Review: void tRrLM(); //Void Terrarium (Nintendo Switch)

10 mins read

Review by Matt S.

Void Terrarium (ignore all the nonsense in the title – this is what the game’s name is) is a Mystery Dungeon-style roguelike, and if that immediately makes you roll your eyes a little, I’m not surprised. There’s already a half dozen (if not more) of that exact kind of game on Switch already, and between Chocobo Mystery Dungeon and Pokemon Mystery Dungeon, the console’s already well-covered for the very best quality examples of it too. There’s even a Shiren the Wanderer on its way, as the grandfather of the genre. However, don’t dismiss Void Terrarium just yet. It has some pretty high impact ideas up its sleeve.

The game is the latest brainchild of Furuya Masayuki – a maverick talent that Nippon Ichi discovered through The Firefly Diary and A Rose In The Twilight. In Void Terrarium, Furuya has broken away from his puzzle-platforming roots, but nonetheless, this game is very much identifiable as his. He blends a kind of sweet melancholia with a capacity to shock the brain through some heavy themes, and his creativity is quite unlike anyone else out there.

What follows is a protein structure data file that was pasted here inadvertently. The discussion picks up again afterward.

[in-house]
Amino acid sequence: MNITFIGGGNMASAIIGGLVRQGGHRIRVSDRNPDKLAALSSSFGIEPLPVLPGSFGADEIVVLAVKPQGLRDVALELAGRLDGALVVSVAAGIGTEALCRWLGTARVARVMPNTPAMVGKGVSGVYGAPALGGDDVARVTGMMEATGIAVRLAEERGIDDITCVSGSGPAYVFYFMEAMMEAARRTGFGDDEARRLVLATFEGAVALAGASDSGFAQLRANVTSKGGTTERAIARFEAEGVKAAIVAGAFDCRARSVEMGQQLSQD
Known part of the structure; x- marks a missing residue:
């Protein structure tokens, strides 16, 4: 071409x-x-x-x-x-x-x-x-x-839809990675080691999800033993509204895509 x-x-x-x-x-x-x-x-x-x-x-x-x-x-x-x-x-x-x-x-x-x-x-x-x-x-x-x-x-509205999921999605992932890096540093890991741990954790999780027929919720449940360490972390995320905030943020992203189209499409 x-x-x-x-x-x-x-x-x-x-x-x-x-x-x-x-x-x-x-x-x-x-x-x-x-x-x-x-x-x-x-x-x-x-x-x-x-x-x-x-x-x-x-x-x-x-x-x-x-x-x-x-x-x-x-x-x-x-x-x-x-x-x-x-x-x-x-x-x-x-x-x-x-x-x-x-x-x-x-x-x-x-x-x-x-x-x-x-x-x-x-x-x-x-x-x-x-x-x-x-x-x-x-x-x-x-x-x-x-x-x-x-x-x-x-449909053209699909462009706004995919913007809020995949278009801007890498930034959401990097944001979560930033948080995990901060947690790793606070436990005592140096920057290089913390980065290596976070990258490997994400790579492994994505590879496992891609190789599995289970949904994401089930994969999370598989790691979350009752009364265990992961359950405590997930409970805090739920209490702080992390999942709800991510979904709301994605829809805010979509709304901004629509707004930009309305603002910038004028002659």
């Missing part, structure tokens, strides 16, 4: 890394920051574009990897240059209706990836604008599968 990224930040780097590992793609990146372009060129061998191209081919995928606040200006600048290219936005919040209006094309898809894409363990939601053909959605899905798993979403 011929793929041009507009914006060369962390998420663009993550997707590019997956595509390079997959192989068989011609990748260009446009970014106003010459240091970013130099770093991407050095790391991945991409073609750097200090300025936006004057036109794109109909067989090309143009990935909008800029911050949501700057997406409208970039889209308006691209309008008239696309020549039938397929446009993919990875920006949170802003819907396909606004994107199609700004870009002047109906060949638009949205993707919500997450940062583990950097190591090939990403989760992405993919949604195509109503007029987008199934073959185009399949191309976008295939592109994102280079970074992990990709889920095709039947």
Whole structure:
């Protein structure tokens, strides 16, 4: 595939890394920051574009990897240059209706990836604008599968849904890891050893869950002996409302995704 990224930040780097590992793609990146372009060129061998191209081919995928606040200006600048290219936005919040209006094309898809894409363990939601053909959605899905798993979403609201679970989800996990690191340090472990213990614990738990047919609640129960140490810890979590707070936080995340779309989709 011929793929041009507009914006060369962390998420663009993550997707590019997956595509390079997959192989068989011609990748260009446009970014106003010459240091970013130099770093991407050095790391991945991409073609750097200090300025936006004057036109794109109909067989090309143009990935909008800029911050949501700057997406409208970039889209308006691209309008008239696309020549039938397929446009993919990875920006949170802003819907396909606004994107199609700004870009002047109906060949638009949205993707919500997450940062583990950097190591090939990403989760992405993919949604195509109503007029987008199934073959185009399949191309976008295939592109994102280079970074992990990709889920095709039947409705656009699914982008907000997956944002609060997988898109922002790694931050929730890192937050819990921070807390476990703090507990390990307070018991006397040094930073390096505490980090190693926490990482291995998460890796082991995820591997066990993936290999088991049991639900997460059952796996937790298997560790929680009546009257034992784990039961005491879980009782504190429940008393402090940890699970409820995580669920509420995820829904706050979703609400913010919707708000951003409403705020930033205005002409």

The Furuya touch is exactly what the Mystery Dungeon formula needed: someone capable of playing within the genre while disrupting it, and by doing so Void Terrarium completely sidesteps the risk of being seen as “just another roguelike” alongside its peers. Think back to any roguelike you’ve ever played. The goal is to go as far as possible, correct? A roguelike features a number of dungeon levels, or stages, and you need to traverse as many of those as possible in a single “run” until you either reach the end, or a monster KO’s you and you’re sent back to the start. Void Terrarium’s great trick is that it will force you to end your run early, just about every time. In other words, you’ll be forced to “KO” yourself, and like with any other roguelike, lose all the progress you just made as a result.